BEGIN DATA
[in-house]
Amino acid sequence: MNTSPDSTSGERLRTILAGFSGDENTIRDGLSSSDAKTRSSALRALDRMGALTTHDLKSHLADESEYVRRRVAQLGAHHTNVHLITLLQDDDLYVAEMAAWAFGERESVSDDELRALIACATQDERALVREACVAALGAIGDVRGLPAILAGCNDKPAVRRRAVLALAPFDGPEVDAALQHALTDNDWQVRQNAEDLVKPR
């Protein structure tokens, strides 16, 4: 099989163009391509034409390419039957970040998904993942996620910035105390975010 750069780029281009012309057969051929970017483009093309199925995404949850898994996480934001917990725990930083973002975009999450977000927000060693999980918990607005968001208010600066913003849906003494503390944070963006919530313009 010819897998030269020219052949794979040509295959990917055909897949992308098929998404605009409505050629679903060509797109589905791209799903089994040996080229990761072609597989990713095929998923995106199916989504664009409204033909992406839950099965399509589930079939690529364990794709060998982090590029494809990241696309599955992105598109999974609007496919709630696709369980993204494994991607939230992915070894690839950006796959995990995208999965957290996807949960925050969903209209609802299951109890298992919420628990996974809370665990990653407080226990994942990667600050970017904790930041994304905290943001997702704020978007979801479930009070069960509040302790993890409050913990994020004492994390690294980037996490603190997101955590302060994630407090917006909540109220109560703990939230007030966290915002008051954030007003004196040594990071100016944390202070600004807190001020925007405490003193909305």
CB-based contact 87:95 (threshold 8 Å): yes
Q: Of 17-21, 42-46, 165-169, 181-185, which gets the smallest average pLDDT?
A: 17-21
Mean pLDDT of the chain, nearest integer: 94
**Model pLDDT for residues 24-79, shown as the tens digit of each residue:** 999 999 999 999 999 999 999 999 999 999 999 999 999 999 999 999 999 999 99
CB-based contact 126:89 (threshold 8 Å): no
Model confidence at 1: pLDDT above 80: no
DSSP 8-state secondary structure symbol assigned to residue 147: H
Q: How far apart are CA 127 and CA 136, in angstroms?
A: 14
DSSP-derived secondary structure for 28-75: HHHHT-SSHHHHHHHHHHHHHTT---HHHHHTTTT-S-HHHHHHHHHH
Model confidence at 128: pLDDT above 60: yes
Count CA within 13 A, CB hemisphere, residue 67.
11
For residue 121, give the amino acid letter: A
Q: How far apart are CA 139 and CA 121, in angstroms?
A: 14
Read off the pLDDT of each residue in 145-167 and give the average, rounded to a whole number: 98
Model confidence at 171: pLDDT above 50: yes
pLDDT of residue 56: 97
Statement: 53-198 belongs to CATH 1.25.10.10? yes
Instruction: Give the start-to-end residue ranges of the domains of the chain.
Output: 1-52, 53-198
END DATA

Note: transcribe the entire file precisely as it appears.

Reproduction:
[in-house]
Amino acid sequence: MNTSPDSTSGERLRTILAGFSGDENTIRDGLSSSDAKTRSSALRALDRMGALTTHDLKSHLADESEYVRRRVAQLGAHHTNVHLITLLQDDDLYVAEMAAWAFGERESVSDDELRALIACATQDERALVREACVAALGAIGDVRGLPAILAGCNDKPAVRRRAVLALAPFDGPEVDAALQHALTDNDWQVRQNAEDLVKPR
């Protein structure tokens, strides 16, 4: 099989163009391509034409390419039957970040998904993942996620910035105390975010 750069780029281009012309057969051929970017483009093309199925995404949850898994996480934001917990725990930083973002975009999450977000927000060693999980918990607005968001208010600066913003849906003494503390944070963006919530313009 010819897998030269020219052949794979040509295959990917055909897949992308098929998404605009409505050629679903060509797109589905791209799903089994040996080229990761072609597989990713095929998923995106199916989504664009409204033909992406839950099965399509589930079939690529364990794709060998982090590029494809990241696309599955992105598109999974609007496919709630696709369980993204494994991607939230992915070894690839950006796959995990995208999965957290996807949960925050969903209209609802299951109890298992919420628990996974809370665990990653407080226990994942990667600050970017904790930041994304905290943001997702704020978007979801479930009070069960509040302790993890409050913990994020004492994390690294980037996490603190997101955590302060994630407090917006909540109220109560703990939230007030966290915002008051954030007003004196040594990071100016944390202070600004807190001020925007405490003193909305």
CB-based contact 87:95 (threshold 8 Å): yes
Q: Of 17-21, 42-46, 165-169, 181-185, which gets the smallest average pLDDT?
A: 17-21
Mean pLDDT of the chain, nearest integer: 94
**Model pLDDT for residues 24-79, shown as the tens digit of each residue:** 999 999 999 999 999 999 999 999 999 999 999 999 999 999 999 999 999 999 99
CB-based contact 126:89 (threshold 8 Å): no
Model confidence at 1: pLDDT above 80: no
DSSP 8-state secondary structure symbol assigned to residue 147: H
Q: How far apart are CA 127 and CA 136, in angstroms?
A: 14
DSSP-derived secondary structure for 28-75: HHHHT-SSHHHHHHHHHHHHHTT---HHHHHTTTT-S-HHHHHHHHHH
Model confidence at 128: pLDDT above 60: yes
Count CA within 13 A, CB hemisphere, residue 67.
11
For residue 121, give the amino acid letter: A
Q: How far apart are CA 139 and CA 121, in angstroms?
A: 14
Read off the pLDDT of each residue in 145-167 and give the average, rounded to a whole number: 98
Model confidence at 171: pLDDT above 50: yes
pLDDT of residue 56: 97
Statement: 53-198 belongs to CATH 1.25.10.10? yes
Instruction: Give the start-to-end residue ranges of the domains of the chain.
Output: 1-52, 53-198